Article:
• The face value of your life insurance policy may not be enough to allow ADB payments that are enough to cover your long-term care services needs. The benefit payments may be too low and the duration may be too short to cover your long-term care services expenses.
  • ADB riders on life insurance policies may not offer inflation protection. If the policy does not include inflation protection, the ADB payment may not be sufficient to cover your future long-term care service costs.
  • If you want to leave an inheritance, you should consider whether using your life insurance death benefit to pay for long-term care services is the right option. If you use the ADB feature for long-term care services, there may be little or no death benefit remaining for your survivors.
  • Using the ADB option may affect your eligibility for Medicaid. Check with your state Medicaid agency for more information.

Life Settlements

These plans allow you to sell your life insurance policy for its present value to raise cash for any reason. This option is usually only available to women age 74 and older and to men age 70 and older. You may choose to use the proceeds to pay for long-term care services.

Key things to consider before moving forward with a life settlement:

  • If you sell your life insurance policy, there may be little or no death benefit left for your heirs when you die
  • The process does not require any health screens; you may be in good or poor health
  • The proceeds of the sale may be taxed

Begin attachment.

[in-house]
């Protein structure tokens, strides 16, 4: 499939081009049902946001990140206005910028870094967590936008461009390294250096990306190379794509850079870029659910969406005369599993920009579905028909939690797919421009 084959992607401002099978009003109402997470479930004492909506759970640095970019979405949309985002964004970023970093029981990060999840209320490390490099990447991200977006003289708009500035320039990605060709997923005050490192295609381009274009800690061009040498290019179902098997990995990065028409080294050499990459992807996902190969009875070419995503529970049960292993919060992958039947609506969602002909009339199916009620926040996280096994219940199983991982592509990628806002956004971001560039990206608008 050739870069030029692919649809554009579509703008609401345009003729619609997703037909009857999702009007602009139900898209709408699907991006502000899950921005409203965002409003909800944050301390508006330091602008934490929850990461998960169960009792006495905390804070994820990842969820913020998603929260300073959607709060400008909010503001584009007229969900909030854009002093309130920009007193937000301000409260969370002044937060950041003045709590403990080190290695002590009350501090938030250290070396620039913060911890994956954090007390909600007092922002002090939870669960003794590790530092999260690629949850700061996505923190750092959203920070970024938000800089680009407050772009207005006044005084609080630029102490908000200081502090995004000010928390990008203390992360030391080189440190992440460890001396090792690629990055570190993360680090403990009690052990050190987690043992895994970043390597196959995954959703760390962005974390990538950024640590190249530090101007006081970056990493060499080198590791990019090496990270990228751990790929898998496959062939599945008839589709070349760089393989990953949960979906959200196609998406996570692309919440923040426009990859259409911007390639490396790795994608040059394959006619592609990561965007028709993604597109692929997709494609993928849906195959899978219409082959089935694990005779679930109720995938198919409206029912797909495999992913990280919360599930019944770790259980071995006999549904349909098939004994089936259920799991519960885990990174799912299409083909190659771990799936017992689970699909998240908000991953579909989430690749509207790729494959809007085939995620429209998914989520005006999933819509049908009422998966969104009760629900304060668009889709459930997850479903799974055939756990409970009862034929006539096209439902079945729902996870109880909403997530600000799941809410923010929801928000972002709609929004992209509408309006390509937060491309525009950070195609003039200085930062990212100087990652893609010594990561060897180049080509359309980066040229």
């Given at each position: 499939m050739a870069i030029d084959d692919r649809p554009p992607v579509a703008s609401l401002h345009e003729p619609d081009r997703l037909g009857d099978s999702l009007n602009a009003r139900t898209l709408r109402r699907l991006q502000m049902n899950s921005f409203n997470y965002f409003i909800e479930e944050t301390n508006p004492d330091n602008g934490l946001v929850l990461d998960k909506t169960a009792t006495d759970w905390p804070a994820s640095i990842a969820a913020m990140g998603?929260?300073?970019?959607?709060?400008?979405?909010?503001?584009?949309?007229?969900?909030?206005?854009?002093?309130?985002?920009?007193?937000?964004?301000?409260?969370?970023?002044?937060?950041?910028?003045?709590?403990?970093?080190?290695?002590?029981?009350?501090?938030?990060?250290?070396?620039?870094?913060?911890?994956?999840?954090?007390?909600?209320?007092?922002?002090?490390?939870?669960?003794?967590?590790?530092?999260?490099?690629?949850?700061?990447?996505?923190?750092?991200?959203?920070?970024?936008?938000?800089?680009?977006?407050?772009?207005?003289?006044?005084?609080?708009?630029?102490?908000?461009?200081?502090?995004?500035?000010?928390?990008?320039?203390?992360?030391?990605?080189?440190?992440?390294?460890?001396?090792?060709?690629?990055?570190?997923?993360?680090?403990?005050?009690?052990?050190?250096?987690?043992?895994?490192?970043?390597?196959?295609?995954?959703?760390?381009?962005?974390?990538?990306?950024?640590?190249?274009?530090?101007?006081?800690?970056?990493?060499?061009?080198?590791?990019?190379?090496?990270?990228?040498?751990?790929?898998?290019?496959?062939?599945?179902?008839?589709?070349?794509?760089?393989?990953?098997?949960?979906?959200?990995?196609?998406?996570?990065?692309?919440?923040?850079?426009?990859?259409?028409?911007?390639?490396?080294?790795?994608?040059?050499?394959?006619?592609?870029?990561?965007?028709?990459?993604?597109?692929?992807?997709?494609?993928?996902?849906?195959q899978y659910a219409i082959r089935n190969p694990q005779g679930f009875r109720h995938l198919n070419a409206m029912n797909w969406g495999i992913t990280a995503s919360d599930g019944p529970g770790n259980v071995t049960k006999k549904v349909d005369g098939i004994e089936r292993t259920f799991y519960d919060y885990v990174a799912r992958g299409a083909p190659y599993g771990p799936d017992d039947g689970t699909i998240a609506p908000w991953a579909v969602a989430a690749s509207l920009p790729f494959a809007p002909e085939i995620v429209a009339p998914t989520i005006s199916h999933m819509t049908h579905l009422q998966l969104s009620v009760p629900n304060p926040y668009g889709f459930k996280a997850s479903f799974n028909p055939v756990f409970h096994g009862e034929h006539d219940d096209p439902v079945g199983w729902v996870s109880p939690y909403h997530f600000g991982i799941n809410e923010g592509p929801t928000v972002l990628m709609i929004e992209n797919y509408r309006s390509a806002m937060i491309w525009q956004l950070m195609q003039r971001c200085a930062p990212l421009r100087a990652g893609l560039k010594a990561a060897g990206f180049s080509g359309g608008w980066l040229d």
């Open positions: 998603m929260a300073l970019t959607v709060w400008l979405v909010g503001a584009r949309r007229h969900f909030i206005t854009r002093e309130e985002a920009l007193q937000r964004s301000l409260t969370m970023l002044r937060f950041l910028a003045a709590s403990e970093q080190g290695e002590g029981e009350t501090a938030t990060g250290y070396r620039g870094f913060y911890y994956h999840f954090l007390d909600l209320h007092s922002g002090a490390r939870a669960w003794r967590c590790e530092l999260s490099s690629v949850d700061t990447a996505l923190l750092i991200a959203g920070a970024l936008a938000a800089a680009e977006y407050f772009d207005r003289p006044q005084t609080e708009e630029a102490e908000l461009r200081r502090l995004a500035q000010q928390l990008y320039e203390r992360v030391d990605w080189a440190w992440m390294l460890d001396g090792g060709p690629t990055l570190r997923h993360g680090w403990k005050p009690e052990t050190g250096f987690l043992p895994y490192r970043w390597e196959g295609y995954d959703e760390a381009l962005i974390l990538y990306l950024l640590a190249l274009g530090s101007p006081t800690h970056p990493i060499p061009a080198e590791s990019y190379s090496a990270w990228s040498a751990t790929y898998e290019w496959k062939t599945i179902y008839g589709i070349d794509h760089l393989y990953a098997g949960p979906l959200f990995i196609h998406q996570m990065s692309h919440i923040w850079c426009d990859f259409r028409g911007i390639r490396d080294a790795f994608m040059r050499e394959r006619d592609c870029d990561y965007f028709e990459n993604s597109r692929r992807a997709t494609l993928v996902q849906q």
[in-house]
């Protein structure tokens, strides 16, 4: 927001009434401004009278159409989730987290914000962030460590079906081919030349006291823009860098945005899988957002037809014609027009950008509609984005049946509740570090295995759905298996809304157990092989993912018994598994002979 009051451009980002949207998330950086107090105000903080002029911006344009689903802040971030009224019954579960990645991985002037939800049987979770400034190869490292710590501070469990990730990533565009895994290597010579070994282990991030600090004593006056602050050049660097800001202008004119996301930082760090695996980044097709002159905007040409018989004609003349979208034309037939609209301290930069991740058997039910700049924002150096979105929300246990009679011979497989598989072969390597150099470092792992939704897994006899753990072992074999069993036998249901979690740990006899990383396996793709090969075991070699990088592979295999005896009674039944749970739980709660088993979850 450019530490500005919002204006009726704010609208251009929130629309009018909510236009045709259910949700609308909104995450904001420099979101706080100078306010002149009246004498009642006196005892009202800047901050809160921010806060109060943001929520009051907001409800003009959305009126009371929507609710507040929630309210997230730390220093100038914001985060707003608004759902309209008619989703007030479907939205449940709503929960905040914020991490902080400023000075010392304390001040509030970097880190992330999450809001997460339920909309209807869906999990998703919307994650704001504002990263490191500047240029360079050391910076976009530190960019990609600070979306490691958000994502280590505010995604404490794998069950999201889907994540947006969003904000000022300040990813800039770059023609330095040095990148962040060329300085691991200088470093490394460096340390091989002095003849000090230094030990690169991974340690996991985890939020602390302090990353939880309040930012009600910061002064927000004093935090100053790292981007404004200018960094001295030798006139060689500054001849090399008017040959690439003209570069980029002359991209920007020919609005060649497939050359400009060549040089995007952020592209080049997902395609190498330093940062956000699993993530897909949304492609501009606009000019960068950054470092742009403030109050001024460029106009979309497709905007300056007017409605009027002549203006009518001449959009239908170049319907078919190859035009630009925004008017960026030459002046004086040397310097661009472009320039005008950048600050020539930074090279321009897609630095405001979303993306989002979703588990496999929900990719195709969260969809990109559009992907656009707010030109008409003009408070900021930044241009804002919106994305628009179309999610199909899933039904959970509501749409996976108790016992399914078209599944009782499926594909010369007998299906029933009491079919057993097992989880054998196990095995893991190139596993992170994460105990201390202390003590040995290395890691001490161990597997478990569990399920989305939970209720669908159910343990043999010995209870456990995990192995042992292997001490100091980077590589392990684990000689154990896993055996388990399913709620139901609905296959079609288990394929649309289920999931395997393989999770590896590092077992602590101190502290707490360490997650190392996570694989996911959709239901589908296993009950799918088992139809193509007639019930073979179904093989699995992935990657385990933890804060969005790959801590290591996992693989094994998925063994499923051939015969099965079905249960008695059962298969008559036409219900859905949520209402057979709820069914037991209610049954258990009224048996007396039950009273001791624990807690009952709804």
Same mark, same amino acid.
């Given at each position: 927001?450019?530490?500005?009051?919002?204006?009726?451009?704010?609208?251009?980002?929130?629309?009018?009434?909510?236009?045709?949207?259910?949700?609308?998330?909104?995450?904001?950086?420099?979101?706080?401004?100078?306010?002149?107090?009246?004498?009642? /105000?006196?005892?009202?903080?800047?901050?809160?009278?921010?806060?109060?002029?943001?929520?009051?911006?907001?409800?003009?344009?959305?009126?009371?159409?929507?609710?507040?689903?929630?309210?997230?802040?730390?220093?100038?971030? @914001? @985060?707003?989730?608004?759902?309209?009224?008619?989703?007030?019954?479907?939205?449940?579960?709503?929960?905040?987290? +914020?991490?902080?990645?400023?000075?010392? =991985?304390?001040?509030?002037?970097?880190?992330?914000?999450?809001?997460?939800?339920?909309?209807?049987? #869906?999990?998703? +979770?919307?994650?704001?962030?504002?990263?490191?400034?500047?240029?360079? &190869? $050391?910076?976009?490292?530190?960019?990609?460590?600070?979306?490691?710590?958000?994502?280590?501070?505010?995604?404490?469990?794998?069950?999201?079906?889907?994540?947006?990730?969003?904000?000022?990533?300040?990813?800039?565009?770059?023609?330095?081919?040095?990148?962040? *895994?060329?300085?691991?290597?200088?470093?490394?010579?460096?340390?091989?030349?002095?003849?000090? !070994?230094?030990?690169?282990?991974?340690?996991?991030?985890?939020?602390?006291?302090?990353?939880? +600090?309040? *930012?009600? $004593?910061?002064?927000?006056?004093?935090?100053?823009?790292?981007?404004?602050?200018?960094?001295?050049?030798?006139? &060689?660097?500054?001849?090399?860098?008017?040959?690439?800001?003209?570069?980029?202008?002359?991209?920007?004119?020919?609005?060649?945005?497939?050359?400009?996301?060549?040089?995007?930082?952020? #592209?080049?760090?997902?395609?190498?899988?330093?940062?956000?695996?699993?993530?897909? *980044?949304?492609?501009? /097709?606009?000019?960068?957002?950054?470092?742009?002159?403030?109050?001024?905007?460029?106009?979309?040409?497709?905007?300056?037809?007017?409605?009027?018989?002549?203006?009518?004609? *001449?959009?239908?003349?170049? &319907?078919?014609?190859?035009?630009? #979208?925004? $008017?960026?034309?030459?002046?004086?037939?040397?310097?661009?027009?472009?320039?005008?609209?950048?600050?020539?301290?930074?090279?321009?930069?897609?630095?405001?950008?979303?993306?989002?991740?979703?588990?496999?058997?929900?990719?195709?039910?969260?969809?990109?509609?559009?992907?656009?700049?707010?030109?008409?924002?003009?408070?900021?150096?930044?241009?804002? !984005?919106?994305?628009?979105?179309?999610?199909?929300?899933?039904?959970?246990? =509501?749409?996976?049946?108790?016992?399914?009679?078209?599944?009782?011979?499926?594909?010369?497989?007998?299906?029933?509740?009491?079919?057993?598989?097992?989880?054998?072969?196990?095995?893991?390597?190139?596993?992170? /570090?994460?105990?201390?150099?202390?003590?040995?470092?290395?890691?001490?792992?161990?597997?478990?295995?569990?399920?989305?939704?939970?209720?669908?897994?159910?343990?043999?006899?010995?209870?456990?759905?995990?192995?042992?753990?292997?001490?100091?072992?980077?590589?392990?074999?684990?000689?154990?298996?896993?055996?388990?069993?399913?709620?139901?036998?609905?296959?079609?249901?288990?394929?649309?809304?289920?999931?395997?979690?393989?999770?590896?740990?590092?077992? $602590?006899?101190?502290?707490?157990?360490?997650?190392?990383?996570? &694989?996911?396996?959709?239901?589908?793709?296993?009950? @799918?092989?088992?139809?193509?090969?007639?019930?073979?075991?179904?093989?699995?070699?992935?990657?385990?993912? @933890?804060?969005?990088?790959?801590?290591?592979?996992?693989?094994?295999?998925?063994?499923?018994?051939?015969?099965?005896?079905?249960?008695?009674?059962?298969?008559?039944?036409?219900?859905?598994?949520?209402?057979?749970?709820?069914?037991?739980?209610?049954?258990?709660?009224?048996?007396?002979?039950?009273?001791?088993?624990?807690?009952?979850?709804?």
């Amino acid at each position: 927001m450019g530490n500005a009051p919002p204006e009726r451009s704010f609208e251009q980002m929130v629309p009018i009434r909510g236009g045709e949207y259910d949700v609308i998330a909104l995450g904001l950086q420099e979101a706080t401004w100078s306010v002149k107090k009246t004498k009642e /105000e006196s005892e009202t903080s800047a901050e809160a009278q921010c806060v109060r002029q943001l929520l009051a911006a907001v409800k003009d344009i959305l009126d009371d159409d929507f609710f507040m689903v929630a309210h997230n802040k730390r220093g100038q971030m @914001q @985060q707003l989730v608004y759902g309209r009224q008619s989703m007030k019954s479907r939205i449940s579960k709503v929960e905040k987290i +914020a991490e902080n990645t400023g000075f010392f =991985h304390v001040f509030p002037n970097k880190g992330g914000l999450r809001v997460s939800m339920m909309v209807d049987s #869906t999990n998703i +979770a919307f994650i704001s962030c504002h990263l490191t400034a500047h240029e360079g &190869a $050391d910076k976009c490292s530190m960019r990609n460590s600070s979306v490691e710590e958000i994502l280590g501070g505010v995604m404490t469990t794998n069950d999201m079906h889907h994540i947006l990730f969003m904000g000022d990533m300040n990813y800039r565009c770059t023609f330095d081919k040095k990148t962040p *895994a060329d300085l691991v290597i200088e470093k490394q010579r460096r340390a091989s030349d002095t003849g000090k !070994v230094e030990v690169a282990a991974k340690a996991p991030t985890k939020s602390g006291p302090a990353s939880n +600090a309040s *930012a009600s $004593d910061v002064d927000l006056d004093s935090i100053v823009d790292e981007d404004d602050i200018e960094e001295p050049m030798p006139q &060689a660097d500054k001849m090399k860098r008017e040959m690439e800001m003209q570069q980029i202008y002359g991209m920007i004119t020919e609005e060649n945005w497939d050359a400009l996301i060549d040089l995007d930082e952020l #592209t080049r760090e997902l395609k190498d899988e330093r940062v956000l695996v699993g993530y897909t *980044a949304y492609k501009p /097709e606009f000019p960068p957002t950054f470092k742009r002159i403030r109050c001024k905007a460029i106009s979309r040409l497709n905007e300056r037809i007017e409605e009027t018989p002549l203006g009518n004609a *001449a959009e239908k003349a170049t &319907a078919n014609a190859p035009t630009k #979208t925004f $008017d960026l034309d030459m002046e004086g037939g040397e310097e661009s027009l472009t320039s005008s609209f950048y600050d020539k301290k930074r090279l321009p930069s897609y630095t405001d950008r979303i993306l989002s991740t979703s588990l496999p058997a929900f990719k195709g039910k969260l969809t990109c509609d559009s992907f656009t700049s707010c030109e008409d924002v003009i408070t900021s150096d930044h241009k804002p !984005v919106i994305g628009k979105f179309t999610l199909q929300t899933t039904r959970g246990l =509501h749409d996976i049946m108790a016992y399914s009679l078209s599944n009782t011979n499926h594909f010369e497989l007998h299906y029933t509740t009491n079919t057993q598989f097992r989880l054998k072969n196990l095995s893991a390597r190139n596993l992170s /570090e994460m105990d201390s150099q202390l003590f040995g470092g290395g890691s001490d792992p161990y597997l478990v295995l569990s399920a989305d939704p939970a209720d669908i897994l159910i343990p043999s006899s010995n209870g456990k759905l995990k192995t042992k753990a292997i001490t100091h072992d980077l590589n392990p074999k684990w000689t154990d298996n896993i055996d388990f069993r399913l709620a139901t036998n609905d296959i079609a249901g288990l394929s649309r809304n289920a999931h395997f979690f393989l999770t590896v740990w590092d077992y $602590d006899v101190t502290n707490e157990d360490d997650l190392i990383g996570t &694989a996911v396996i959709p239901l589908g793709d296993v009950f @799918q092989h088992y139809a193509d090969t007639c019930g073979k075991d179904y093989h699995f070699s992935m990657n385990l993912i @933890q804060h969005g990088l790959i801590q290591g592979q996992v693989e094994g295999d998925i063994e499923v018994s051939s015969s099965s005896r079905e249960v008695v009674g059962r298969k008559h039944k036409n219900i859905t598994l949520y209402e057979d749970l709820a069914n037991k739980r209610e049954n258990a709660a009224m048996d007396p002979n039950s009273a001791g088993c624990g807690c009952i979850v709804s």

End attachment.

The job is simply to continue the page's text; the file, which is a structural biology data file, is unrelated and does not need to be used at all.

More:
Viatical Settlements

These plans allow you to sell your life insurance policy to a third party and use the money you receive to pay for long-term care. A viatical settlement is like a life settlement, but it is only possible if you are terminally ill. During the settlement process, a viatical company pays you a percentage of the death benefit on your life insurance policy, which is based on your life expectancy. The viatical company then owns the policy and is its beneficiary. The viatical company also takes over payment of premiums on the policy. As a result, you get money to pay for care, and the viatical company receives the full death benefit after you die.

Unlike the life settlement, money you receive from a viatical settlement is tax-free, if you have a life expectancy of two years or less or are chronically ill and the viatical company is licensed in the states in which it does business.

Key things to consider before using a viatical settlement:

  • You can only use the viatical settlement if you are terminally ill and have a life expectancy of two years or less
  • If you use the viatical settlement option, you do not have to satisfy the health requirements for long-term care insurance
  • If you use the viatical settlement option, your life insurance policy will not pay a death benefit to your heirs
  • Viatical companies approve less than 50 percent of applicants

The amount that you receive in cash from a viatical settlement is a percent of the death benefit on your life insurance policy. The chart below lists guidelines from the National Association of Insurance Commissioners (NAIC), for how that percent varies based on your life expectancy.

NAIC Guidelines for Viatical Payments

Life Expectancy Benefit (%)
1–6 months 80
6–12 months 70
12–18 months 65
18–24 months 60
Over 24 months 50